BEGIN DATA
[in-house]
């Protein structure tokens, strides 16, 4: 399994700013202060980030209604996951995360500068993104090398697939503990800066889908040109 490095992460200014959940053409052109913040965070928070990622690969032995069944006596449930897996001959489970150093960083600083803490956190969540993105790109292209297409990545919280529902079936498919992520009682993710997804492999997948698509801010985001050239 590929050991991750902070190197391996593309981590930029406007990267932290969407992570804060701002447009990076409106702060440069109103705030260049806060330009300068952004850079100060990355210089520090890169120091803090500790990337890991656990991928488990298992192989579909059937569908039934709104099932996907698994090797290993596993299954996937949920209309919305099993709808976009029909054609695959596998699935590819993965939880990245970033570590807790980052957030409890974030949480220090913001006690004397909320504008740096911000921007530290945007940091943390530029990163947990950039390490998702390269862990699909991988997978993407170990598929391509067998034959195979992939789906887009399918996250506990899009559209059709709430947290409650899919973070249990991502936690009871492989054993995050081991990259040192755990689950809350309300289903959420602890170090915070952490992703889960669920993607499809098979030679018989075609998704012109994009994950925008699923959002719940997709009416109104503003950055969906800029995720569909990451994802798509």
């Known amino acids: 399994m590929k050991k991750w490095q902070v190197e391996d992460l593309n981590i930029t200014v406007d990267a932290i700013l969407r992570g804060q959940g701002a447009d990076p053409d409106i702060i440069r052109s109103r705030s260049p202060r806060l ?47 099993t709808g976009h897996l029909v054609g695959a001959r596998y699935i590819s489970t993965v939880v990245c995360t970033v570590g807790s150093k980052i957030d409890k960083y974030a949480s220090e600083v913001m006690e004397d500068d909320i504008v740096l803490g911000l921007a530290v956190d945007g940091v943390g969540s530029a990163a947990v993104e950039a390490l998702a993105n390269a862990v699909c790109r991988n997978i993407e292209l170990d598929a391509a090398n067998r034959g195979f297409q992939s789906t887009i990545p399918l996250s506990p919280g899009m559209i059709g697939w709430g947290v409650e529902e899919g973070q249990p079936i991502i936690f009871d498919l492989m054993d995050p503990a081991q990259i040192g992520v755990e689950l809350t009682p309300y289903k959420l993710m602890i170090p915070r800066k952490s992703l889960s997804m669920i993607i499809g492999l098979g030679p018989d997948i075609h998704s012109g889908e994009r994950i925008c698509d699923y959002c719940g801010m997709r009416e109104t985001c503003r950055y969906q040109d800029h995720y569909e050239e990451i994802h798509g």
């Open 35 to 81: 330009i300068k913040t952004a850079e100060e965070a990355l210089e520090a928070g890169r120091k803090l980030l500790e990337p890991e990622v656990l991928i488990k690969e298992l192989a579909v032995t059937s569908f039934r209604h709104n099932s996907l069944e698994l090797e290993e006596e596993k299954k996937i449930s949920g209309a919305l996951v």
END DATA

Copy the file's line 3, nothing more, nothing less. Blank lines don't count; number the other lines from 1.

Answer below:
């Known amino acids: 399994m590929k050991k991750w490095q902070v190197e391996d992460l593309n981590i930029t200014v406007d990267a932290i700013l969407r992570g804060q959940g701002a447009d990076p053409d409106i702060i440069r052109s109103r705030s260049p202060r806060l ?47 099993t709808g976009h897996l029909v054609g695959a001959r596998y699935i590819s489970t993965v939880v990245c995360t970033v570590g807790s150093k980052i957030d409890k960083y974030a949480s220090e600083v913001m006690e004397d500068d909320i504008v740096l803490g911000l921007a530290v956190d945007g940091v943390g969540s530029a990163a947990v993104e950039a390490l998702a993105n390269a862990v699909c790109r991988n997978i993407e292209l170990d598929a391509a090398n067998r034959g195979f297409q992939s789906t887009i990545p399918l996250s506990p919280g899009m559209i059709g697939w709430g947290v409650e529902e899919g973070q249990p079936i991502i936690f009871d498919l492989m054993d995050p503990a081991q990259i040192g992520v755990e689950l809350t009682p309300y289903k959420l993710m602890i170090p915070r800066k952490s992703l889960s997804m669920i993607i499809g492999l098979g030679p018989d997948i075609h998704s012109g889908e994009r994950i925008c698509d699923y959002c719940g801010m997709r009416e109104t985001c503003r950055y969906q040109d800029h995720y569909e050239e990451i994802h798509g």